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M4/3 System                                                           
(25th December 2016)

3. Front Focus & Back Focus - Testing
  Identifying mis-focus errors for ‘very long zoom’ lenses.
(Test procedure devised by and article © Adrian Harris)

Test Method:

  1. Set lens to max zoom and wide open = fastest aperture.
    (IE. Lowest f number. Example: f2.8, not f8. Using a small aperture such as f8 would keep to much in focus and make test results difficult to analyze).
  2. For sharp results ensure shutter speed is high = at least 2 x equivalent FF focal length. (on M43, 300mm lens = 600mm FF lens = 1/1200th.  Faster shutter speeds are better, but keep within high image quality ISO limits)
  3. If HANDHOLDING you may wish to try test with Stabilisation ON and OFF* (to see if there is a difference). But if using a TRIPOD, switch stabilisation OFF (and use the 2 second shutter delay or a remote trigger).
  4. Set camera to the smallest focus square or point, to take accurate aim at your chosen target letter.
  5. Stand firmly, brace your arms against chest, hold breath, aim carefully at the target point and fire off a short burst of shots. (A series of 4 to 6 photos will enable you to select the best in case of any erroneous images).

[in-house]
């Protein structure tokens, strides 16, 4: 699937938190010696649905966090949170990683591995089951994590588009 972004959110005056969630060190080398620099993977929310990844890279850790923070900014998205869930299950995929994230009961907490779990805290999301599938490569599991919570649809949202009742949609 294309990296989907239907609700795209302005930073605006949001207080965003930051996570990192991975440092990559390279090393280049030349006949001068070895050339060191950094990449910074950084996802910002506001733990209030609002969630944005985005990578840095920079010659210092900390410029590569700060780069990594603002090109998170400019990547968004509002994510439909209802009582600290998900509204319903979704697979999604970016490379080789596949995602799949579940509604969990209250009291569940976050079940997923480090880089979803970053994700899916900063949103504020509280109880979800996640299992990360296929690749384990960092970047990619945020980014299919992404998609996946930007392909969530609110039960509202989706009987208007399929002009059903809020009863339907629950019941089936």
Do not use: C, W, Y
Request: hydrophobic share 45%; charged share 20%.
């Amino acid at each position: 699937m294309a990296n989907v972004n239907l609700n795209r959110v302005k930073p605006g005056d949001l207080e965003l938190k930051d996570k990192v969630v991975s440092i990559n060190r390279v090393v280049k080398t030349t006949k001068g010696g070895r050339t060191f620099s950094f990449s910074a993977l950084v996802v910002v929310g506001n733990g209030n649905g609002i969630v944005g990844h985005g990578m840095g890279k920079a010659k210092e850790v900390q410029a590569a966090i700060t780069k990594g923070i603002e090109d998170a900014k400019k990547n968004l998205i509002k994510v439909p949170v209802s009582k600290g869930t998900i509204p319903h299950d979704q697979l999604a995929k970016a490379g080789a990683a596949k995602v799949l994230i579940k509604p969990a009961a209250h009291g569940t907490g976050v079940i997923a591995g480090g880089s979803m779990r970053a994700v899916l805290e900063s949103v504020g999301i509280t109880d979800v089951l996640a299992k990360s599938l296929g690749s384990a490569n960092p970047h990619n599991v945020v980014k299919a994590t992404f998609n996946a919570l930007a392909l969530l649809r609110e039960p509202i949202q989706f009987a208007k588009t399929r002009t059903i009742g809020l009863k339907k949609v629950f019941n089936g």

6. If using a zoom lens, move closer and repeat test using a shorter focal length.
    (This is to test for zoom focus anomalies).

Examine and compare all images from each test sequence: 

Was your chosen target letter generally the sharpest ?

  • If letter behind target was sharpest, camera/lens combination suffers Back Focus.
  • If the letter in front was sharper your camera/lens combination suffers Front Focus.

       Many new cameras now allow user adjustment to correct Front & Back Focus problems,
          and some with each specific lens. If you do not feel confident to do this yourself, contact
          your local camera shop or service centre.

If results show a focus error:

  1. Repeat tests from the opposite angle.
    If focus error from opposite angles using one lens was offset to the same side (ie. Always to the left), this could indicate a misaligned lens element.
  2. Repeat all tests above with a second fast lens.
    Identical mis-focus results (ie. both Back Focus, or both Front Focus) would indicate camera is setup incorrect.

Important Notes:

  • When handheld shooting, park so that you can use the car to steady your camera.
  • * EXIF data does not indicate whether stabilisation is On or Off, so if you do this test and are also comparing how stabilisation versus no stabilisation affects sharpness, ensure you make note of the number of shots taken for each sequence!     

Article © Adrian Harris